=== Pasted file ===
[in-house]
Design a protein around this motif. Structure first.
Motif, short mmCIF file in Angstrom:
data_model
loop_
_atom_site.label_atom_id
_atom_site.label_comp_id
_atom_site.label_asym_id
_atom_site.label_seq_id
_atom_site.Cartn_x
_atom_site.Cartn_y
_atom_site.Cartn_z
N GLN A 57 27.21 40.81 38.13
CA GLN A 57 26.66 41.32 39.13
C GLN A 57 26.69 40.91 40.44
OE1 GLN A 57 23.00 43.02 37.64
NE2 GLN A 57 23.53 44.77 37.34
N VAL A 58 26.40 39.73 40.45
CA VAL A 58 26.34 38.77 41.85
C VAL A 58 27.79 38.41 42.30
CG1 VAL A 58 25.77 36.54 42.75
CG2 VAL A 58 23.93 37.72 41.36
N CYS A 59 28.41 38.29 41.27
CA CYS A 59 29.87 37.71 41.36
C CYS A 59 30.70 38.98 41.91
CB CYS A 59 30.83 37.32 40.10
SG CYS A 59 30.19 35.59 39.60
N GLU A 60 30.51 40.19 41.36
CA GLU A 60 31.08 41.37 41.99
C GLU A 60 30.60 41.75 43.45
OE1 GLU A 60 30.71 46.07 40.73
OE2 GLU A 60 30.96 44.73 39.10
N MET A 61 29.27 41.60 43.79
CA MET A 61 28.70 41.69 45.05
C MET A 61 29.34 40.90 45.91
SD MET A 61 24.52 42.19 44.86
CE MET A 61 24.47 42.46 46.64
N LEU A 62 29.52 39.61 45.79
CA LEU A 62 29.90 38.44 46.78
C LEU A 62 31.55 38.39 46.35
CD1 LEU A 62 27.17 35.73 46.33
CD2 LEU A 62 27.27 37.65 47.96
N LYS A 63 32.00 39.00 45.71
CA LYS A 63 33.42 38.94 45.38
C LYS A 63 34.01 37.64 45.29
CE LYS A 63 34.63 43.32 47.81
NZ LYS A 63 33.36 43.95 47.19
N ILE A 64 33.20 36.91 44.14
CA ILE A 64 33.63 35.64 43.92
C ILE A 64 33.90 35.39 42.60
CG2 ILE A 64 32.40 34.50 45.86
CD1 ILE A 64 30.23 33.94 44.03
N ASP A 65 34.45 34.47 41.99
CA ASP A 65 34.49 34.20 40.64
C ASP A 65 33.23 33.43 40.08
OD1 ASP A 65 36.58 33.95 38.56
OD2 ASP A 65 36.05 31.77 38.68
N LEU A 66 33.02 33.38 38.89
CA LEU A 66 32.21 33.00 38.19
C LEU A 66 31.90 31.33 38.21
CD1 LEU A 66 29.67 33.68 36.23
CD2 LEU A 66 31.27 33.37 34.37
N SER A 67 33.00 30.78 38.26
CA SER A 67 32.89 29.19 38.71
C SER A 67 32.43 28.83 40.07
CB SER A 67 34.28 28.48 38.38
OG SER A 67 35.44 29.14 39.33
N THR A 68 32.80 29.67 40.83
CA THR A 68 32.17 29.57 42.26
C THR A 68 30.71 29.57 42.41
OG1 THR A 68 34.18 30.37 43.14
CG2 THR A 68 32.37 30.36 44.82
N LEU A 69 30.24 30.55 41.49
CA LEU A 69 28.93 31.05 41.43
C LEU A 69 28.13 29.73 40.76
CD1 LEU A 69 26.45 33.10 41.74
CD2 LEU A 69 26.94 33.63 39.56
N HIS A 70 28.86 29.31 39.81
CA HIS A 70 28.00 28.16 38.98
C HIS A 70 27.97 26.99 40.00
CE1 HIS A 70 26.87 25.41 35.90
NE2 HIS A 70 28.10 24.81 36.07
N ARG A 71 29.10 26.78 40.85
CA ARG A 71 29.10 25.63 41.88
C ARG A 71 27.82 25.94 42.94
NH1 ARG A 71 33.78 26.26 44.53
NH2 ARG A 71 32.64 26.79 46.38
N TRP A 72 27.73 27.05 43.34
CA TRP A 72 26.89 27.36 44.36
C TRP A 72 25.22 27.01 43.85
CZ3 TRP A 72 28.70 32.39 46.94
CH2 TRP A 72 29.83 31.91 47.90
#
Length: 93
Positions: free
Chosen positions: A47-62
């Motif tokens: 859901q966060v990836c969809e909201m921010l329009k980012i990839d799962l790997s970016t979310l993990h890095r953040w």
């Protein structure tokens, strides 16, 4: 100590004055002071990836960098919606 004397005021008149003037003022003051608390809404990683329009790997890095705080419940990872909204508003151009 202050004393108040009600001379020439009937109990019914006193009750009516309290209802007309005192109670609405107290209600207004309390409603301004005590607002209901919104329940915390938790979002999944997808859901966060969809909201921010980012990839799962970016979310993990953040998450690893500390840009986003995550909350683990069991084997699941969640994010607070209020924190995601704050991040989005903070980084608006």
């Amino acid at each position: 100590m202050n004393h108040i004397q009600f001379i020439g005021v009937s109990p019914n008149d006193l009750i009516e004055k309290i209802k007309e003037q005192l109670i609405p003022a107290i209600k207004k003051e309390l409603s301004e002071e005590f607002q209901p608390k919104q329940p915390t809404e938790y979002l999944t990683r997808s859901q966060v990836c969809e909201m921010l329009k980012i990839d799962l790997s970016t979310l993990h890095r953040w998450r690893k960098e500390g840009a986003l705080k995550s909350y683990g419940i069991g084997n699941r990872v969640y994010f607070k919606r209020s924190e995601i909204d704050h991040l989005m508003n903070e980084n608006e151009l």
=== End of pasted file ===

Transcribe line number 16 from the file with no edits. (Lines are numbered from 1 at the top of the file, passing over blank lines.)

OE1 GLN A 57 23.00 43.02 37.64